Reflections: The Dreamland: 120 and still standing

By Evelyn Long - Contributing Columnist

It sets at 205 West Main Street parallel to the railroad tracks in Cardington where it was constructed in 1900.

It was built as a theater, owned by Aiden Carter and his son, Bill, managing it. Silent movies and later, sound were offered regularly with weekly ads in the local paper announcing what as to be playing.

From the Feb. 26, 1920 Independent: Dreamland program lists the silent movie, “Pitfalls of a Big City,” playing. Admission was 25 cents and 10 cents.

The Dreamland closed its doors as a movie theater somewhere in the mid 1920s and was used for many years as a site for local performers, those being mainly, school groups.

The Cardington Theater on West Main Street, just west of the hotel, then offered first run movies for several years in the early 1930’s. This was previously the site of the Lyric Theater and in the Mid-1930’s it became The Dreamland — same name as that at 205 West Main. This site was later filled by Gandee Bakery.

The original Dreamland was sold to H. N. Oberlander about 1930 where he operated a service station with pumps out front and a garage in the rear of the building. An apartment upstairs was remodeled with the same couple living there for four years before Kensel (Zeb) and Vinnie Russell took up residence.

They operated a wholesale and retail automotive parts business that included antiques, salvage and welding in the old Dreamland building. A popular ad from the Russells stated “Automotive; Wholesale- Retail Zeb Russell dealer in Everything!” The Russell family lived in the upstairs apartment for many years.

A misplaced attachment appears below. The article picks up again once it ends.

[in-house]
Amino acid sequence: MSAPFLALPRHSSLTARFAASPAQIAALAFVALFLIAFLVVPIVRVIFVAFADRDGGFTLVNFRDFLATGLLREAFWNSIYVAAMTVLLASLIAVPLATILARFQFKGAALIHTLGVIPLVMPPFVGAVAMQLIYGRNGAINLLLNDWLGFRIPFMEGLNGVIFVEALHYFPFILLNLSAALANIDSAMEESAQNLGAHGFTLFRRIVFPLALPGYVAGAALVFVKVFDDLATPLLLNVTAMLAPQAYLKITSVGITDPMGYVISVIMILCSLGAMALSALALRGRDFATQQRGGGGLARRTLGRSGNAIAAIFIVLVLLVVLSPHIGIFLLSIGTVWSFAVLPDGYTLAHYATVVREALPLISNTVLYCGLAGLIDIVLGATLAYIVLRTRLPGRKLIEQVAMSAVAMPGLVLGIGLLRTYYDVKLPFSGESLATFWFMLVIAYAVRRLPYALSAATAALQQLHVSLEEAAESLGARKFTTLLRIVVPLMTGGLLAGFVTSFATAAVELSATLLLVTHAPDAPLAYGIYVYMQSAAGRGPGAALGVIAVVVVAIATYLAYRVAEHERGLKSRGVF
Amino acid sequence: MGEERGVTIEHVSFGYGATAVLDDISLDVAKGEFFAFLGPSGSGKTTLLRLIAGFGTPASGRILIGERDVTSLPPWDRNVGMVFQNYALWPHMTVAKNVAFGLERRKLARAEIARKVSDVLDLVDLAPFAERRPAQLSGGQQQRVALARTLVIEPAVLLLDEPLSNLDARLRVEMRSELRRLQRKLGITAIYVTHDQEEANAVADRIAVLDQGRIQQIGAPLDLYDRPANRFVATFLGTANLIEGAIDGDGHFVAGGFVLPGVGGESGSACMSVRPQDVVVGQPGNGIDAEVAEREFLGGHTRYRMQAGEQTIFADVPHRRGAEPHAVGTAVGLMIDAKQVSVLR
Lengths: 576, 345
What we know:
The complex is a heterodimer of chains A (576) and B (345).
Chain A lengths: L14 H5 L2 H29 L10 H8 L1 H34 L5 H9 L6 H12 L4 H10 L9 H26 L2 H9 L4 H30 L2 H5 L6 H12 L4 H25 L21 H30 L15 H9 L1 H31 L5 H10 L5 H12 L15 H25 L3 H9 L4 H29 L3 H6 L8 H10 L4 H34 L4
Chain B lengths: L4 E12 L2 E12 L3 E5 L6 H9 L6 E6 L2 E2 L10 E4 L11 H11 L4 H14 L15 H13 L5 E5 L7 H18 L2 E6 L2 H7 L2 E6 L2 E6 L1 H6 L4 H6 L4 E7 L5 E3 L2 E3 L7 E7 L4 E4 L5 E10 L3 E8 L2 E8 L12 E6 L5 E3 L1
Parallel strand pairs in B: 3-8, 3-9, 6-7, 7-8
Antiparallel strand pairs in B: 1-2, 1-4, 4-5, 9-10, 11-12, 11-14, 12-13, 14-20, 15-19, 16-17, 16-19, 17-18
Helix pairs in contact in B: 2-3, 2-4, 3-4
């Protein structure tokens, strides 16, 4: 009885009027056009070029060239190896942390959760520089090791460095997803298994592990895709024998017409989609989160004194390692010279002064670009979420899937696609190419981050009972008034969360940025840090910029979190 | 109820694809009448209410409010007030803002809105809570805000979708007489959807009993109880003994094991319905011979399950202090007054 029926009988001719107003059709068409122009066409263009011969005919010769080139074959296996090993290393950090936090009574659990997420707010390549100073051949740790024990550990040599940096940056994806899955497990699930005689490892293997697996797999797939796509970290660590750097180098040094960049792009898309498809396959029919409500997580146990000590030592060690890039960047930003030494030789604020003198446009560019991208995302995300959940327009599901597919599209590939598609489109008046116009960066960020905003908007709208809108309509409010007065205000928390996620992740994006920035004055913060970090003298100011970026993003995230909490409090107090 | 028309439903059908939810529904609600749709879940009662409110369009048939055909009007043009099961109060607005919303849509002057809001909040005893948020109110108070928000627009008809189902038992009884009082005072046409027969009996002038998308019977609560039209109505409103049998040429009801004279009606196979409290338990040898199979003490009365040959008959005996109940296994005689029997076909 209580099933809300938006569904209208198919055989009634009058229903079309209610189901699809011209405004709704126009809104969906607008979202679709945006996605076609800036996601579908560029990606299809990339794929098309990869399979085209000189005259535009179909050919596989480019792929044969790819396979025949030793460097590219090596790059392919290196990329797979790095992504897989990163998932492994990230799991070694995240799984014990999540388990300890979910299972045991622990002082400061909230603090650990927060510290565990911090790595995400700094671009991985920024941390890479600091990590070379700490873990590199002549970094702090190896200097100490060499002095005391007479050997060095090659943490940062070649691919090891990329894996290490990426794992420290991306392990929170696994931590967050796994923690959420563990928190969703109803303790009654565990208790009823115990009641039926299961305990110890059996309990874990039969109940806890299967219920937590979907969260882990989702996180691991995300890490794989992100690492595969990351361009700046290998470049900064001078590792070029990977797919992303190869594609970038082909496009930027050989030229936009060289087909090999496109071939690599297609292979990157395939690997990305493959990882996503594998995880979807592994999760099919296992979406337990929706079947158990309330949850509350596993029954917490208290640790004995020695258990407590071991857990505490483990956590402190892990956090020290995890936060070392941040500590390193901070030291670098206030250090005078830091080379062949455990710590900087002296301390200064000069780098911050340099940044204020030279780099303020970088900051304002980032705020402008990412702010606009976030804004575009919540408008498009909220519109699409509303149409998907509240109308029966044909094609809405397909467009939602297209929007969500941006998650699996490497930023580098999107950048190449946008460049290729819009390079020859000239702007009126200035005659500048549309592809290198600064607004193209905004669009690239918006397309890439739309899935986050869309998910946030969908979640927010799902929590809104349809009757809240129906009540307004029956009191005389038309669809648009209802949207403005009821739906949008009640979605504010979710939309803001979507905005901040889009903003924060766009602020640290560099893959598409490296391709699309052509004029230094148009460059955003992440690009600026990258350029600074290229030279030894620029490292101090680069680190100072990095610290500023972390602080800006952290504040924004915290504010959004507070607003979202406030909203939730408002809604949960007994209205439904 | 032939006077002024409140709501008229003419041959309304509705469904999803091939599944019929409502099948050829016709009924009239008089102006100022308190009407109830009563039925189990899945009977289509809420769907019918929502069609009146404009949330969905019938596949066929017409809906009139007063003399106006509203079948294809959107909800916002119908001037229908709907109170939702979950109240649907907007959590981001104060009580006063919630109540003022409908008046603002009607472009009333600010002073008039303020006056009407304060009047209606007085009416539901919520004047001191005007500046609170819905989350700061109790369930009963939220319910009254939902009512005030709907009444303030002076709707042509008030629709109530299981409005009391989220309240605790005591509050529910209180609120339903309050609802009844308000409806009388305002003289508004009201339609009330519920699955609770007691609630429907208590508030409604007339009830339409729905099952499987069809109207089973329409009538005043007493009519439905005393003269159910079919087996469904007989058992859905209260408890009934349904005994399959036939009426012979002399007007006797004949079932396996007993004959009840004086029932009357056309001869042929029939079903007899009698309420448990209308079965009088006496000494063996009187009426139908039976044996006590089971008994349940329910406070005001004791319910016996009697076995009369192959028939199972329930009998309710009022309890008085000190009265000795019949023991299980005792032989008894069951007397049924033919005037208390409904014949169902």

In 1950 the Russells purchased the building from H. N. Oberlander, grandson of H. N. Zeb Russell passed away in 1968. The building was later sold to Charlie and Penny Albright, who rented out the upstairs apartment and lived for awhile in the lower part of the building, transformed into an apartment.

Later the lower half had several businesses, including a beauty salon.

Darcy Kazee current owner of the building, rented out the upstairs apartment for awhile but the building is currently vacant. Kazee said she is impressed by the huge cuts of stone that make the basement walls, they having been placed there before 1900 during its construction.

Trains passing on the tracks alongside the building, have always brought a tremor to it but neither the train related tremors nor the 1981 tornado affected it adversely. Jeff Trusler, who along with his wife, Amy, own the nearby Patriot Bar/Grill, are currently purchasing the “Dreamland” from Kazee. Jeff states that he hopes to redo it into a rental property. He, too, is impressed by the building’s solidarity after all these years.

No matter the number of owners or names of businesses, it will always remain as Cardington’s Dreamland Theatre.

70 years ago: Cardington High School senior, Don Reinwald placed second in the state’s Class B oratorical Declamation contest held at OSU in Columbus Dottie Lou Haycook, Cardington seventh grader, won the Grand Championship in the annual oral Morrow County School spelling contest

60 years ago: Melvin Maceyko was named assistant general accountant at Marion Power Shovel; Mrs. Ella Rhodes of South Marion Street, observed her 97th birthday on March 31.

50 years ago: Jacqueline M. Winchell of rural Cardington, was named as a crew leader for Morrow County for the 1970 United States Census of population and housing. She was responsible for supervising the work of 15 census enumerators in the county.

By Evelyn Long

Contributing Columnist

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Reach us at [email protected]